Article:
• 5. Structure • Amplified events: a review • What is an ‘event’? • How can technologies help? • How can we identify & measure the benefits? • What are the barriers to doing more? • Useful resources5
  • 6. Review Real-time Peer Review: 2003 Hot or Not? Welcome to real-time peer review The keynote speaker was clear. He informed his audience during [the WWW 2003 conference] that none other than Tim Berners-Lee … had first referred to embedded menus as hot links. A few minutes later, while the speaker was still in full flow, delegates … learnt that this was not the case, at least as Berners-Lee himself remembers it. He had joined the electronic discussion that was accompanying the lecture and in a brief message … stated: "I didnt call them hot. I just called them links." Hot or Not? Welcome to real-time peer review, Paul Shabajee, Times Higher Education Supplement (London), 1 August 20036
  • 7. Review THE Article - Concerns Potential Negative Aspects: “about 10 per cent of the audience had laptops - one person was heard to say that the noise of tapping keyboards drowned the speaker out at the back of the room. … it can be very distracting having someone typing quickly and reading beside you, rather than watching the speaker” “There can also be a feeling of being excluded … by not being part of a particular online group” “It is probable that the speakers will find it hardest to adjust. It may be disconcerting to know that members of your audience are, as you speak, using the web to look at your CV, past work and checking any data that seems a bit dubious”7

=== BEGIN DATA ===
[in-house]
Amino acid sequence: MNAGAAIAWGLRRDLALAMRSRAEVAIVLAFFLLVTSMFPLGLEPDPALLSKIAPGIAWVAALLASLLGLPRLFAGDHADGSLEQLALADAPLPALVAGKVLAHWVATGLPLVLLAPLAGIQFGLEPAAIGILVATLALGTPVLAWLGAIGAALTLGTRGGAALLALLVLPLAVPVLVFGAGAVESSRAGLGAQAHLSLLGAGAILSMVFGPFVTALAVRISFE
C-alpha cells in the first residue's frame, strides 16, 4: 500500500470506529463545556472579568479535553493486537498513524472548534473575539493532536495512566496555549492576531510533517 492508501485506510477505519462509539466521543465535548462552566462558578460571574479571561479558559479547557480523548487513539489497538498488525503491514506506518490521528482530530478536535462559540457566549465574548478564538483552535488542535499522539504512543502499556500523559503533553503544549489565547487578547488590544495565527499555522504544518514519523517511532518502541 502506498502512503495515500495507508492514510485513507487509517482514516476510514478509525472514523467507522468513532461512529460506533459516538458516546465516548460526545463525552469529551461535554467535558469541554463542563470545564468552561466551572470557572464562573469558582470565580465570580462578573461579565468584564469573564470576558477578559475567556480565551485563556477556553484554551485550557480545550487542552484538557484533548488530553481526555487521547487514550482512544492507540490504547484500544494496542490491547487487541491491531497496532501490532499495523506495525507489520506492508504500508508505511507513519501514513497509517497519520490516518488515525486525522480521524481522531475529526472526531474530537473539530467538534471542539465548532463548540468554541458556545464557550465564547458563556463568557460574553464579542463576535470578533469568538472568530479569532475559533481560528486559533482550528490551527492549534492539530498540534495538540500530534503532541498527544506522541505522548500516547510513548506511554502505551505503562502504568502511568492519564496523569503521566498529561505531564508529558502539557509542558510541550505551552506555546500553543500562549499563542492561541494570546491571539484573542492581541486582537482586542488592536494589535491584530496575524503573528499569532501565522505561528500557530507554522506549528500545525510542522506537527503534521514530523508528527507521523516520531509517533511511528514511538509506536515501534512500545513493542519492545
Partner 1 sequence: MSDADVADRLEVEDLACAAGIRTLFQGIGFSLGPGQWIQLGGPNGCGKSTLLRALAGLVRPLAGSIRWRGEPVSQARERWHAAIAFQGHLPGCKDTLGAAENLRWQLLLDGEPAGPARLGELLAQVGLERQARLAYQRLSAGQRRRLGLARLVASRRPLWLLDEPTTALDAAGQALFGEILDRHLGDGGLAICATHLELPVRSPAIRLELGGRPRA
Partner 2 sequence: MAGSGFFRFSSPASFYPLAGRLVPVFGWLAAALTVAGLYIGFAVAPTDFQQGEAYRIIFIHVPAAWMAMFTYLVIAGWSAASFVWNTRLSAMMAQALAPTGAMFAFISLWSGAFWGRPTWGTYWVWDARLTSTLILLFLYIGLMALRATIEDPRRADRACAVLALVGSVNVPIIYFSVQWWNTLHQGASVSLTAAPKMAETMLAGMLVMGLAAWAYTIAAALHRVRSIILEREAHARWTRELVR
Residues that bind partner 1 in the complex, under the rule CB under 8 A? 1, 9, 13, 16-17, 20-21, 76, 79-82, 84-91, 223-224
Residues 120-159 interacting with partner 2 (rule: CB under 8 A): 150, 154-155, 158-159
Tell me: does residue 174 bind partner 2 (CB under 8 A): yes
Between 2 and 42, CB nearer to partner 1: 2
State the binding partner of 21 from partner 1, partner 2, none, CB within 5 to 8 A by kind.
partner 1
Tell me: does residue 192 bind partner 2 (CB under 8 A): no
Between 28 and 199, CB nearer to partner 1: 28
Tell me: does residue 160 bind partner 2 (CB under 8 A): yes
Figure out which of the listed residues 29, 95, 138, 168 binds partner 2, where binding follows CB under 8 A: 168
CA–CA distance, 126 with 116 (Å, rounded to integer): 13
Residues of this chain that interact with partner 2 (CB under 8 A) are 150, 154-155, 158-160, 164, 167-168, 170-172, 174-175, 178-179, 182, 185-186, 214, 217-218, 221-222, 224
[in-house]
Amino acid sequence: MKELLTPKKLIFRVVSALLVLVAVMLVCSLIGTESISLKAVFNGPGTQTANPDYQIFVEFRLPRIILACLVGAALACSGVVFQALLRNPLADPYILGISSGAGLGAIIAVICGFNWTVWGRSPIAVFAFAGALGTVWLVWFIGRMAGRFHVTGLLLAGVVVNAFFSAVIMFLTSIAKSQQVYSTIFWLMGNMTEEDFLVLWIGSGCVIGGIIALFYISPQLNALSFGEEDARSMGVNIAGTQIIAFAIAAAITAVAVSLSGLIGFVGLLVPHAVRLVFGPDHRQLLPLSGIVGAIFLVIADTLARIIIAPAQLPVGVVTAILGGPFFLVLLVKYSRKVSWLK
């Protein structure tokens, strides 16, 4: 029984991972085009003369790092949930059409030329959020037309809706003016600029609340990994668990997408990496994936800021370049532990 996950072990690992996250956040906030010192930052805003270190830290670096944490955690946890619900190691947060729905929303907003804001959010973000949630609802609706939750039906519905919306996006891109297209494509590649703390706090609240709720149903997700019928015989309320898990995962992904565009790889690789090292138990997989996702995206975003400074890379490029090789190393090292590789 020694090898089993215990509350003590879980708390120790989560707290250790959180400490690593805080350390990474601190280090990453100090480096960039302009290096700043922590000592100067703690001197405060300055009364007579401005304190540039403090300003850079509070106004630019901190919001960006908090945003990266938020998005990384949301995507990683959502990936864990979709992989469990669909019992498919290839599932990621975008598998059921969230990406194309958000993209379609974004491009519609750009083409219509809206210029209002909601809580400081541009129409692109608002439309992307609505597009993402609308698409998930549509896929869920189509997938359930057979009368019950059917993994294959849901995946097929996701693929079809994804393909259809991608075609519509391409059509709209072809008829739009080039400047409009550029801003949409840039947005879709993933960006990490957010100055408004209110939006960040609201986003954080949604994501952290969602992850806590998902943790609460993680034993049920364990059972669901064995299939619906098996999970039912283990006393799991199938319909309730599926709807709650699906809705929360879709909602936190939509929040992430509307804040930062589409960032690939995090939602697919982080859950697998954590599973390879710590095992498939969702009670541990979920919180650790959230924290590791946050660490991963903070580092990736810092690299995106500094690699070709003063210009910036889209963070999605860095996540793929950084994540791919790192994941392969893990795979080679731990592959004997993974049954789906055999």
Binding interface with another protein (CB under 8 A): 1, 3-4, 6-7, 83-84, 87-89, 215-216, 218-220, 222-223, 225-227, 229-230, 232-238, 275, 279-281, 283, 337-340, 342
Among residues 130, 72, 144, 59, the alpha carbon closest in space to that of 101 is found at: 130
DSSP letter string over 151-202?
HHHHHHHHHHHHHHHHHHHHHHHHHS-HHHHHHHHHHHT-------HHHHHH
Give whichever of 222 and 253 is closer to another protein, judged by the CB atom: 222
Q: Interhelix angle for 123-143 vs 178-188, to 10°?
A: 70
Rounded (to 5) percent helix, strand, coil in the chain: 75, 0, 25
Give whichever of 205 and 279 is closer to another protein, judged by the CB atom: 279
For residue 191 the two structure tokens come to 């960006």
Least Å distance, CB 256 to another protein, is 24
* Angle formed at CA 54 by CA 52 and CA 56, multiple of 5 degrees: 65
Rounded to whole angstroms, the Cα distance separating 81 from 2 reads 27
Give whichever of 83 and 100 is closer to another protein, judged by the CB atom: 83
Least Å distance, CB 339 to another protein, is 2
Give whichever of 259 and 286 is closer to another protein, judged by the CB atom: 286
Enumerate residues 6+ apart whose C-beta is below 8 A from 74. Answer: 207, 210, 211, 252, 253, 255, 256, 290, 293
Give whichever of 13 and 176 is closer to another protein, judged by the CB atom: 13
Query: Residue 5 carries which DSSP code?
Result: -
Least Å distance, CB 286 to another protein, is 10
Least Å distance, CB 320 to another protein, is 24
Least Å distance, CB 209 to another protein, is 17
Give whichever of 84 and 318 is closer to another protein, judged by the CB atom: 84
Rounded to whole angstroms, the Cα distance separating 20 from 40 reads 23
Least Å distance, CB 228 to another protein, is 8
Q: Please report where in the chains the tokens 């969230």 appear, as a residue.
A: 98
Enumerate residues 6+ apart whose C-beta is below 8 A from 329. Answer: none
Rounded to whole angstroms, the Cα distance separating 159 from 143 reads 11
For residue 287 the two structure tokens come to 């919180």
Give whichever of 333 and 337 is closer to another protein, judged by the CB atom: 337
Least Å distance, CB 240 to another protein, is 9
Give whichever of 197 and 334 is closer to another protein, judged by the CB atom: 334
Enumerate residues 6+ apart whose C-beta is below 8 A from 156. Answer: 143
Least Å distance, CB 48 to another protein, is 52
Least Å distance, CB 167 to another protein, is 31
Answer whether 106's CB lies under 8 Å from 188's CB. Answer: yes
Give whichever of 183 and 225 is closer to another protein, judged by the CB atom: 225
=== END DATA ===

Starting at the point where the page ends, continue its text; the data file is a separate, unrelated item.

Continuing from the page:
• 8. Review THE Article - Conclusions Conclusions: “… these technologies are likely to be beneficial. The added possibilities for collective learning and analysis, comprehensive notes with insights and links, often far more extensive than the speaker might have, are advantages previously unimaginable. Perhaps the richest potential lies in the interaction between members of the audience, particularly if you believe that learning and the generation of knowledge are active, engaging and social processes Emphasis added See also Amplified Conference8 article in Wikipedia
  • 9. IWMW – an amplified event for practitioners9
  • 10. Opportunities and challenges for speakers10
  • 11. Who Pays? Opportunities for remote audience See Streaming of IWMW 2012 Plenary Talks – But Who Pays?, UK Web Focus blog, 18 Jun 201211
  • 12. What is An Event? Group Exercise • What is an event? • What is the purpose of an event? • What helps make an event successful? • How might technologies help to support the purposes?12